Judge Haigwood then had to continue the matter until the following
morning. Mr. Porter, a probation officer from Cumberland County
spent the afternoon of 10 October 2005 in the courtroom waiting for
Key to return, and then was required to return to Wake County the
following morning. At the hearing on 11 October 2005, Key
vehemently denied that he had any duty to represent Faircloth,
despite the fact that Judge Haigwood ruled that Key had in fact
made a general appearance on behalf of Faircloth. Finally, on the
morning of 11 October 2005, Judge Haigwood continued Faircloth's
probation violation, stating:
I think it would be more appropriate for
another Judge of the Superior Court to hear
this matter so that there won't be any
impression from anyone that whatever decision
is made is based on anything that has
transpired between Mr. Key and Ms. Clodfelter
and myself and this Court.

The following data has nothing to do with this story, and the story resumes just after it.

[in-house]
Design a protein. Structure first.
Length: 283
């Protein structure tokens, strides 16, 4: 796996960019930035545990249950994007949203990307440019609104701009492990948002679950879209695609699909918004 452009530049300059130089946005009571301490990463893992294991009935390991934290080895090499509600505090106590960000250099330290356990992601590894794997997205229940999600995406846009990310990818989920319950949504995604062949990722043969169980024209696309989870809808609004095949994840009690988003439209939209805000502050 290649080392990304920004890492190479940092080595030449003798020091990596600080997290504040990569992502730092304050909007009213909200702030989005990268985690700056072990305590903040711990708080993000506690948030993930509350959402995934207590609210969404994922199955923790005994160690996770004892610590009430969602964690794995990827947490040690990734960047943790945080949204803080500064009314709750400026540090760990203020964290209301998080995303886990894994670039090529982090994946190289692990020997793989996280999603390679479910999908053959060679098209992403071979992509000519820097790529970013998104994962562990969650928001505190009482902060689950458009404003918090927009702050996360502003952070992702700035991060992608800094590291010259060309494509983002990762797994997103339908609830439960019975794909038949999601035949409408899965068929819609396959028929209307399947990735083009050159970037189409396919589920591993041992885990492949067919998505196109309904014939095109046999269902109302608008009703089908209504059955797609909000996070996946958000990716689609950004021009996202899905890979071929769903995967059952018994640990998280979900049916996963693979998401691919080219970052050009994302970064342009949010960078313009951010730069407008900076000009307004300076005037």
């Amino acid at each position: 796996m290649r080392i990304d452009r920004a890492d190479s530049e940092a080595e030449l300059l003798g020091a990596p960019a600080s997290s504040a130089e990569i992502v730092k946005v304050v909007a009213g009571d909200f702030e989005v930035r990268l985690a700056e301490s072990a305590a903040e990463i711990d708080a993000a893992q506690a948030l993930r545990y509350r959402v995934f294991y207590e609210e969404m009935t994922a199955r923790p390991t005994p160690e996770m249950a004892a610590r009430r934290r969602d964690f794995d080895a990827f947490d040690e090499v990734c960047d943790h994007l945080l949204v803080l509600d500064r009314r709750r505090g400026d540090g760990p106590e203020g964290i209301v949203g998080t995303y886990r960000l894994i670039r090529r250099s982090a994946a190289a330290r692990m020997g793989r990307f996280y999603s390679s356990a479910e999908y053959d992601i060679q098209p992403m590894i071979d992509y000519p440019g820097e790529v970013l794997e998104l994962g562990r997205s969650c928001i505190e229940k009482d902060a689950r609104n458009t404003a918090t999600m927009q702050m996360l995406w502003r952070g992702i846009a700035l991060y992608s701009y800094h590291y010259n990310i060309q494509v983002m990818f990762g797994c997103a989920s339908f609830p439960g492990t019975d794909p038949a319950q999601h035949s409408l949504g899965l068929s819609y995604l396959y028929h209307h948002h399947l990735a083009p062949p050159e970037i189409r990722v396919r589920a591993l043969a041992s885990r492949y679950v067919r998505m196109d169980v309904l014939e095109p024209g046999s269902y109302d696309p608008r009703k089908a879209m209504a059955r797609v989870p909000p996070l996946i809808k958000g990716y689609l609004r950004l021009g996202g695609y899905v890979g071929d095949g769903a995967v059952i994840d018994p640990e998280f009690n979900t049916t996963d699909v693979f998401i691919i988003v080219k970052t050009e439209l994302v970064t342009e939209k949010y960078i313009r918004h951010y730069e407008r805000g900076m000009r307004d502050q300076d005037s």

(See footnote 1)
Key argues that the court was able to continue to transact
other business on 10 and 11 October 2005, and therefore there was
no substantial interference with the business of the court.
Whether the court was able to transact other business is not the
test of substantial interference. Key's conduct unnecessarilyresulted in the court, its staff and its officers expending
significant time and effort in an attempt to get Faircloth's case
resolved over a two day period. We hold that this was substantial
interference within the intent and meaning of N.C. Gen. Stat. .
5A-11(a)(7). This argument is without merit.
 In his third argument, Key contends that Judge Stephens'
amended show cause order demonstrated that he was biased against
Key and should have recused himself from hearing the contempt
matter, ex mero motu
. We disagree.
In the cases of In re Robinson,
37 N.C. App. 671, 247 S.E.2d
241 (1978), and In re Dale
, 37 N.C. App. 680, 247 S.E.2d 246
(1978), this Court held that language in a show cause order
stating, [y]ou have negligently and willfully failed to perfect
the appeal or to seek appellate review through other possible
means, constituted a prejudgment by the issuing judge of